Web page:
SOUTH SALEM, N.Y. – Sarah Hodgson knew from the time she started walking that her calling would be working with animals.
“I was talking to animals before I was talking to humans,” the South Salem resident and internationally-renowned dog trainer said. “I was even talking to guinea pigs. And I was training my own dogs before I was eight.”
Hodgson has written 12 books on the subject, including three in the “Dummies” series: “Puppies for Dummies,” the third edition of which comes out in March, “Agility and Dog Tricks for Dummies” and “Understanding Your Dog for Dummies,” which was co-written with veterinarian Stanley Coren.
“I’ve been doing it [for a living] for 27 years,” Hodgson said. “I actually trained my first dogs professionally when I was 12 and became a corporation when I was 19.”
Hodgson’s business, When Dogs Talk, Sarah Listens, offers groups classes, private lessons and phone and e-mail sessions. She’s a syndicated columnist and a frequent guest on network and cable TV shows.
“I’ve always communicated to dogs,” she said. “It’s not some complicated, domineering, cumbersome exercise. It’s something you do with them. Once you can communicate them, you can teach them.”
Hodgson said dog training should be a happy experience for both the pet and the pet owner and not an arduous task. She said owning a dog and not communicating with it would be akin to having a child and not communicating with him or her.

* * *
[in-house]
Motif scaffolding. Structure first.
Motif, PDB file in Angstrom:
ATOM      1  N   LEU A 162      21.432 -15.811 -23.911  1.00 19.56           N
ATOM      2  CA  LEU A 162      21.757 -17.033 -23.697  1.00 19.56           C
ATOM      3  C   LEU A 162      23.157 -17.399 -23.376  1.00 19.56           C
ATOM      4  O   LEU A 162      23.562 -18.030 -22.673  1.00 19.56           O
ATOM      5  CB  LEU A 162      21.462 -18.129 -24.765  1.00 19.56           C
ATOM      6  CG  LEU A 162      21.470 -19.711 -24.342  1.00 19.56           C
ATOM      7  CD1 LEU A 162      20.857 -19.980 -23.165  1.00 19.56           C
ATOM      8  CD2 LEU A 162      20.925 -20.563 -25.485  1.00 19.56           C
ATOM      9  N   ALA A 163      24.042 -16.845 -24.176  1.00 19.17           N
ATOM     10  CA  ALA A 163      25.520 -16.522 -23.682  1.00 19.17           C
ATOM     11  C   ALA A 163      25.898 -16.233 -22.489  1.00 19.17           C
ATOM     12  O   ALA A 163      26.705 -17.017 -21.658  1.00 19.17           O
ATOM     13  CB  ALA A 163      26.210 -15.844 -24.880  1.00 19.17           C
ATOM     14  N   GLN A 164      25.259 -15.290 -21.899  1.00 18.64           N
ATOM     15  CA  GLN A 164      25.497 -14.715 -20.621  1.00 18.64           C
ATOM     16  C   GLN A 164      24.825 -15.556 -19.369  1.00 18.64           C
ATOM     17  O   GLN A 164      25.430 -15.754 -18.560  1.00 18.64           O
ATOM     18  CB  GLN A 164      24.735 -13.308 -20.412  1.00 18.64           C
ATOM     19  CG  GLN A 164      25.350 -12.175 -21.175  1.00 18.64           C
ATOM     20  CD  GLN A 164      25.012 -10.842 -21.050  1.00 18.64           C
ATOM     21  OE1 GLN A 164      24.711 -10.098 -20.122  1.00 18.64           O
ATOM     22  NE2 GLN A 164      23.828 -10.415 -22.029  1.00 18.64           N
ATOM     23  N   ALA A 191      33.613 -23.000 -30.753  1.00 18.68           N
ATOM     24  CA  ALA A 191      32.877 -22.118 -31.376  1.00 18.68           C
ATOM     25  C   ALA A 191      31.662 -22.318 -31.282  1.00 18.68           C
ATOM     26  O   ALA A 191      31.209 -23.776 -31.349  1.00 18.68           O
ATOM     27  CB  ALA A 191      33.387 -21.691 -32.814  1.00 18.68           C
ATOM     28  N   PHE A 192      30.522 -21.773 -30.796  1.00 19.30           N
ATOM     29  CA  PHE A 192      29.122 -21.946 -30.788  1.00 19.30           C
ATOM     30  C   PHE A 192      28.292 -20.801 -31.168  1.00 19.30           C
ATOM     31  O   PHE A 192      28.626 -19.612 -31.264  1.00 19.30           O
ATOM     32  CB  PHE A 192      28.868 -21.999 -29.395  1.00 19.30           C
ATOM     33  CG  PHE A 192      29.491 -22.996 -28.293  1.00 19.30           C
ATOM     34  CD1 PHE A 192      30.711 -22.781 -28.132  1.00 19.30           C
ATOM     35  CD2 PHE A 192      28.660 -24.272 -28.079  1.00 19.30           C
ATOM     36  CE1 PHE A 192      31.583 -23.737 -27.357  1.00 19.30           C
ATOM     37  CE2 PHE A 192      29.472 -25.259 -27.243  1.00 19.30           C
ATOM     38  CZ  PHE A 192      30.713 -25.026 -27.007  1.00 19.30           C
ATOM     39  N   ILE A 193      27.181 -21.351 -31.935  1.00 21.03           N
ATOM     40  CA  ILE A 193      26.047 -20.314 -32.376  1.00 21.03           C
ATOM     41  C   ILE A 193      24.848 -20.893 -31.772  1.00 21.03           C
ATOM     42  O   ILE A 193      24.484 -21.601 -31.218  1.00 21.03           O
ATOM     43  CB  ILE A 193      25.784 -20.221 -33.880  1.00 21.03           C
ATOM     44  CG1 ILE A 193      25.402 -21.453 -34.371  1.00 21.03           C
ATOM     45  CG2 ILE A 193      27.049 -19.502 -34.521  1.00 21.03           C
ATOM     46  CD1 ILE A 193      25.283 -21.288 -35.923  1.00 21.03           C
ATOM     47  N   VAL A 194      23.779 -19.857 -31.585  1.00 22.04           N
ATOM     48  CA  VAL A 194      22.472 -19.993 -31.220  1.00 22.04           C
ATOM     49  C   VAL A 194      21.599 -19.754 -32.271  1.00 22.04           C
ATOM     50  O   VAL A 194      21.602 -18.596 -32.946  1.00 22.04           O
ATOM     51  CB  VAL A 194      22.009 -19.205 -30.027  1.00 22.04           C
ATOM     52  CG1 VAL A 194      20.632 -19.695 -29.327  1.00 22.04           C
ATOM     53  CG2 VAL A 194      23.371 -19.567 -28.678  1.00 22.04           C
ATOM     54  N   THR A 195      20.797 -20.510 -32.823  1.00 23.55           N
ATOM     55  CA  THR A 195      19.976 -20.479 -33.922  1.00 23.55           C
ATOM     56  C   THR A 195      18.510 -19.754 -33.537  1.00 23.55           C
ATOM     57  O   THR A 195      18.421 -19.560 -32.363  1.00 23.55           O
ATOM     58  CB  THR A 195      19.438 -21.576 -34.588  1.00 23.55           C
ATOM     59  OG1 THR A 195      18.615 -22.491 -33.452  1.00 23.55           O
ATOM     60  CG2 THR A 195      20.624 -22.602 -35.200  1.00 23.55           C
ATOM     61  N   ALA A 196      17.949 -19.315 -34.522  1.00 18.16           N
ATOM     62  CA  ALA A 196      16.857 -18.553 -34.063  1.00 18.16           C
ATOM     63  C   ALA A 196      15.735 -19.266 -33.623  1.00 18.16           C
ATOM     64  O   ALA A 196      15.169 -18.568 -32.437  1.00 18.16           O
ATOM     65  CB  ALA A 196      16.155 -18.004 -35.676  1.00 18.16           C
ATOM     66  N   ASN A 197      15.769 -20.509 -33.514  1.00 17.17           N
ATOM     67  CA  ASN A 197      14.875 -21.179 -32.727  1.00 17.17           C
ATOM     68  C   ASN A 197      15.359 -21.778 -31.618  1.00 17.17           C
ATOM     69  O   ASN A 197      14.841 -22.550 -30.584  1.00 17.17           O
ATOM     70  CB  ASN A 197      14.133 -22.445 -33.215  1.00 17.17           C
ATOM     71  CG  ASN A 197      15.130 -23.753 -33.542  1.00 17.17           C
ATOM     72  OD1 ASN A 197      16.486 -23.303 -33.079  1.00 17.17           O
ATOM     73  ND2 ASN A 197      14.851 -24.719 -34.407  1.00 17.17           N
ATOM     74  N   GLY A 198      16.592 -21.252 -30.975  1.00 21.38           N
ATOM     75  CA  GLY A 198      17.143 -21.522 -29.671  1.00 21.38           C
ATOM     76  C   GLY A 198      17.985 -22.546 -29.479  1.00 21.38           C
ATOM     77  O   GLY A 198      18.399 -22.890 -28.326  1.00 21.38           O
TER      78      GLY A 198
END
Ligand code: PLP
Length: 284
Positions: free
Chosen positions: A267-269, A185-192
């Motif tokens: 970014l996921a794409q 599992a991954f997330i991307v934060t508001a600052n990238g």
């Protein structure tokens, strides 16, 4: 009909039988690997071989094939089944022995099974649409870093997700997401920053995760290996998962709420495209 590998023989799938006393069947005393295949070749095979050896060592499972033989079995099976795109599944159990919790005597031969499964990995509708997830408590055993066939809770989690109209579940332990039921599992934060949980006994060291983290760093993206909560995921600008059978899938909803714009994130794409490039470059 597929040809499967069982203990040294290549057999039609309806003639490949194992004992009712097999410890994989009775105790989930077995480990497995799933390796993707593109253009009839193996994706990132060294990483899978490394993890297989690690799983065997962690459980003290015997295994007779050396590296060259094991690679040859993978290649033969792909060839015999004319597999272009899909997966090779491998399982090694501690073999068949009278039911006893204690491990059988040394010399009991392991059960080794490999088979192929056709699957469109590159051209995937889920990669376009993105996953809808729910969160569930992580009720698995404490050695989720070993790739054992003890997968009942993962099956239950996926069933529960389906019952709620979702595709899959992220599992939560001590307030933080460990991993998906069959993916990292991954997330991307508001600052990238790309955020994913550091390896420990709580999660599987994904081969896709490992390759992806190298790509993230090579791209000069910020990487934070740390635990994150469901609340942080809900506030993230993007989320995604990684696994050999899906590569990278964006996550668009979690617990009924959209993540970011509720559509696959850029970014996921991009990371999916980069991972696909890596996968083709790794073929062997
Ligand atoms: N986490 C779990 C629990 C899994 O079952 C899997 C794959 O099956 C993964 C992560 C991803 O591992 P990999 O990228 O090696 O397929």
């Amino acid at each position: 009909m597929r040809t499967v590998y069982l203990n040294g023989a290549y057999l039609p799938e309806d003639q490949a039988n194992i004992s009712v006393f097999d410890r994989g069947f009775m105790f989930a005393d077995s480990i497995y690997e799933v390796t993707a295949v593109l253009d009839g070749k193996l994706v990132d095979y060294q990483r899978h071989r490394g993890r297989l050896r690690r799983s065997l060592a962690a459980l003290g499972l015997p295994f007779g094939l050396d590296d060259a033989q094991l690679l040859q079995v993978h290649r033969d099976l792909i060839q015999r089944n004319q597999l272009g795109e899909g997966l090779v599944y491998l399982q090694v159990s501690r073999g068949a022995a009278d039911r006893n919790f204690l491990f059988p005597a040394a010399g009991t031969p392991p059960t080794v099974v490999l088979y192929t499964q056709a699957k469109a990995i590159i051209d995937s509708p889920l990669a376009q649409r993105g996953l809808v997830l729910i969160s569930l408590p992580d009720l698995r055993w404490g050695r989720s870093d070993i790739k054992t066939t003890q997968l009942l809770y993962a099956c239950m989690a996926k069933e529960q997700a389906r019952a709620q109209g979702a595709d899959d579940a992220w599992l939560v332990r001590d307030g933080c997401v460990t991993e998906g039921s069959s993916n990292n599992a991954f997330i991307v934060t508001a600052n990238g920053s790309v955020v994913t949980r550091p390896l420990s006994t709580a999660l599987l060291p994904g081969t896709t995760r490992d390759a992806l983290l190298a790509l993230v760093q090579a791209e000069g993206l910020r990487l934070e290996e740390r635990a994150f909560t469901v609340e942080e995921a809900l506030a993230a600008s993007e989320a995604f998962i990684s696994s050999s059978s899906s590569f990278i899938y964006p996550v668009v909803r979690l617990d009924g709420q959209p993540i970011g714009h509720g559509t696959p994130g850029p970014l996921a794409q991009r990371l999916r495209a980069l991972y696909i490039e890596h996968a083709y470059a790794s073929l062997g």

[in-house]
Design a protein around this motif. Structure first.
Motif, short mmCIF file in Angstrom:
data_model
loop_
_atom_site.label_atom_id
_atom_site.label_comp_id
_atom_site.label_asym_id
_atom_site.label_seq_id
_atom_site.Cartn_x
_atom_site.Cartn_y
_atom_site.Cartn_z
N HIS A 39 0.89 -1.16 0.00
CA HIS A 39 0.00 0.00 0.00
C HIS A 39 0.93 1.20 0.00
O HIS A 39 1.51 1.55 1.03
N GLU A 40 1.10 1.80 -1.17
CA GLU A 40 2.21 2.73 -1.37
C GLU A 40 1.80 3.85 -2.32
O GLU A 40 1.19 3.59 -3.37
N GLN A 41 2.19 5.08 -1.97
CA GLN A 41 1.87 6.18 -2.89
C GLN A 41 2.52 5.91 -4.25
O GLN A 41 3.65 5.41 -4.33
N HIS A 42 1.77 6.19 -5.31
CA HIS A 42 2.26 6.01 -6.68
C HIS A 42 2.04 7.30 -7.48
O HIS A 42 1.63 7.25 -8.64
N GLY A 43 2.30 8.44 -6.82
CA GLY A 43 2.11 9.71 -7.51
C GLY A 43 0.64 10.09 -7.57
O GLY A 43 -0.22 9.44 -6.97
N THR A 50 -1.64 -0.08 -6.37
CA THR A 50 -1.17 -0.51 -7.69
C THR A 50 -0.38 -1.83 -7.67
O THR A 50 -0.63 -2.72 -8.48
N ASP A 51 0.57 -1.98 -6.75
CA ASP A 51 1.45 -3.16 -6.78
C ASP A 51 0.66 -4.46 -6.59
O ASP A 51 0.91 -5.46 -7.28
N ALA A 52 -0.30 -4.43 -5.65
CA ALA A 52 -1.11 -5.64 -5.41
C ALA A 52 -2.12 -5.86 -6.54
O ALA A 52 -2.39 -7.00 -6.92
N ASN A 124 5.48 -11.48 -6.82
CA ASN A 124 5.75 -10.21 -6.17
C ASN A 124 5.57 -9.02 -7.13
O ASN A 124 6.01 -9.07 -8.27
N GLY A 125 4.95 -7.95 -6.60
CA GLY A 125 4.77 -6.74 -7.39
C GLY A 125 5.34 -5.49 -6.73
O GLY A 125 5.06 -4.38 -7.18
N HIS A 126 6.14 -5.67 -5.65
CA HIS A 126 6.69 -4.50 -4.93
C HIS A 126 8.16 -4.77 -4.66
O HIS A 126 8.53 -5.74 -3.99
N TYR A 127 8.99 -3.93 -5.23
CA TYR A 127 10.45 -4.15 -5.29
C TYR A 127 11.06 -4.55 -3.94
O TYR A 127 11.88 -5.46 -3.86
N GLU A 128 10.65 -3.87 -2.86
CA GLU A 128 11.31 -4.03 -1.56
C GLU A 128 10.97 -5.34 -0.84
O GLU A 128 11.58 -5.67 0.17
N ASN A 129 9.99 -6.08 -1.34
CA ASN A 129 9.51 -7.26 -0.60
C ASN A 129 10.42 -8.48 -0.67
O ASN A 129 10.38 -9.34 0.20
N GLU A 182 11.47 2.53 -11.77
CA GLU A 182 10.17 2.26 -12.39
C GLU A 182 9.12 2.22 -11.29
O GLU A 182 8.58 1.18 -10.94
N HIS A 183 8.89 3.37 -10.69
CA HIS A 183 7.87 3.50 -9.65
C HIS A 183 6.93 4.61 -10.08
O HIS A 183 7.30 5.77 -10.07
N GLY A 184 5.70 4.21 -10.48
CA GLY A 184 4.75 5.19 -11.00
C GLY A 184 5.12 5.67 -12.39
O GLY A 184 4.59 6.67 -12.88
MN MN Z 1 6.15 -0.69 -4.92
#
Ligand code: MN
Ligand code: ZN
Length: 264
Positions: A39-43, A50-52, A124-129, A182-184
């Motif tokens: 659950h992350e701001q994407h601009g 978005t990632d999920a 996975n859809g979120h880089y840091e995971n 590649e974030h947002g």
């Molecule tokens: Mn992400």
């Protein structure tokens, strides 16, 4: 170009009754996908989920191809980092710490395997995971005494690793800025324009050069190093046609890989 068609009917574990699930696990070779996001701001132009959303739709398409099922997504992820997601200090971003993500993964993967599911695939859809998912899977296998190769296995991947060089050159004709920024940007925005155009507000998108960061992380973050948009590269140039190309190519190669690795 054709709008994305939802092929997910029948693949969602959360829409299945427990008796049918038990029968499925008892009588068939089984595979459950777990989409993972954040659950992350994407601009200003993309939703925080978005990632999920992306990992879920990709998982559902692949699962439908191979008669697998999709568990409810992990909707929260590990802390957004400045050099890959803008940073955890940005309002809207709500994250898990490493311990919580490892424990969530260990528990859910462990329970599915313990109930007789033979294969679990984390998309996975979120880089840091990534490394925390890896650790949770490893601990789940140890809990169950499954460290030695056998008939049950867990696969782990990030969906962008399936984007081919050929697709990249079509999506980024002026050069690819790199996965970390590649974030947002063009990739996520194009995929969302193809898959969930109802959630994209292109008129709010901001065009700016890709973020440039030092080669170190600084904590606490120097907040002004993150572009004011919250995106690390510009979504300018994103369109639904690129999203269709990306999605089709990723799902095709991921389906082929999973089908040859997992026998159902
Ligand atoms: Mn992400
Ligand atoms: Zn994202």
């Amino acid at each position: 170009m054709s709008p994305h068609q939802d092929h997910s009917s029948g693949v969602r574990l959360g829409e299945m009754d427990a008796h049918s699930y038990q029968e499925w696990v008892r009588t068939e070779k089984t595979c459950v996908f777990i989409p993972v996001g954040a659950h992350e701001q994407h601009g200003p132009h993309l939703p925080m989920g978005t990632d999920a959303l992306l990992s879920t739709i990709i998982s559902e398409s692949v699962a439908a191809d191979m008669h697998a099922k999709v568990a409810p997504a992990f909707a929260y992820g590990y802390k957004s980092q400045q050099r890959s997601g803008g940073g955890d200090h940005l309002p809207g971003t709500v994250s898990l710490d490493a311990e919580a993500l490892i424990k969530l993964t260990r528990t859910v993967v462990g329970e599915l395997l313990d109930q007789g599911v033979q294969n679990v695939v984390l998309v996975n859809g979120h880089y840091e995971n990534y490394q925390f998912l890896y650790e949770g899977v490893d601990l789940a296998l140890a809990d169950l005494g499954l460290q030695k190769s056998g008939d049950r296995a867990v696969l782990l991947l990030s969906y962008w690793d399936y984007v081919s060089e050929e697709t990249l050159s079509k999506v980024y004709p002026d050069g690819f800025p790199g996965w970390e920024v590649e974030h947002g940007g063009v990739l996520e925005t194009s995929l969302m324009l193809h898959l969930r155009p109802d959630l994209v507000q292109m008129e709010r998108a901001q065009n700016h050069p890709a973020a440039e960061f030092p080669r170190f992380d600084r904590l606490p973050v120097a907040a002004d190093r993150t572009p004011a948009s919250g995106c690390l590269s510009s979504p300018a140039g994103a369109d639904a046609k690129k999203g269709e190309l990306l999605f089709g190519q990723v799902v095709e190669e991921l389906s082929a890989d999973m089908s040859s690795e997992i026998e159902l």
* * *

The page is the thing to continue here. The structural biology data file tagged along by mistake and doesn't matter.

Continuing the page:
“There was really no such thing as a ‘dog trainer’ when I was a kid,” she recalled. “Lots of people noticed that I had this gift. They called me the Pied Piper of dogs – they would follow me around.”
Hodgson went to veterinary school but didn’t like it. She said the animals were often in such a high state of fear that she could not communicate with them. She left school and went home and started a pet-sitting service. It was then that a customer asked her if she could train their dog. She did, and word spread.
Soon she met Job Evans, author of “How to Be Your Dog’s Best Friend,” who became her mentor and introduced her to his publisher.
“My first book came out when I was 24,” she said. “It was called ‘You and Your Puppy’ and was co-authored with James DeBitetto.”
The Hodgsons own three dogs of their own – Whoopsie, Hootenanny and Balderdash, as well as two cats and a rabbit. Whoopsie, a Labrador retriever, acts as a therapy dog in Hodgson’s therapeutic outreach program.
“We are also big cat lovers,” she said. “I used to work with cats too, but the business got too big.”
Hodgson said dogs have the same brain capacity as a 1 1/2-year-old child and need to be taught how to communicate.
“What I teach is that dogs are always interacting and relating to you,” she said. “You have to listen to them and understand and teach them a communal language. That’s paramount. Dogs want to know where they’re supposed to go and what they’re supposed to do, otherwise they will just become reactionary and do what they want. Dog training is actually really very simple.”
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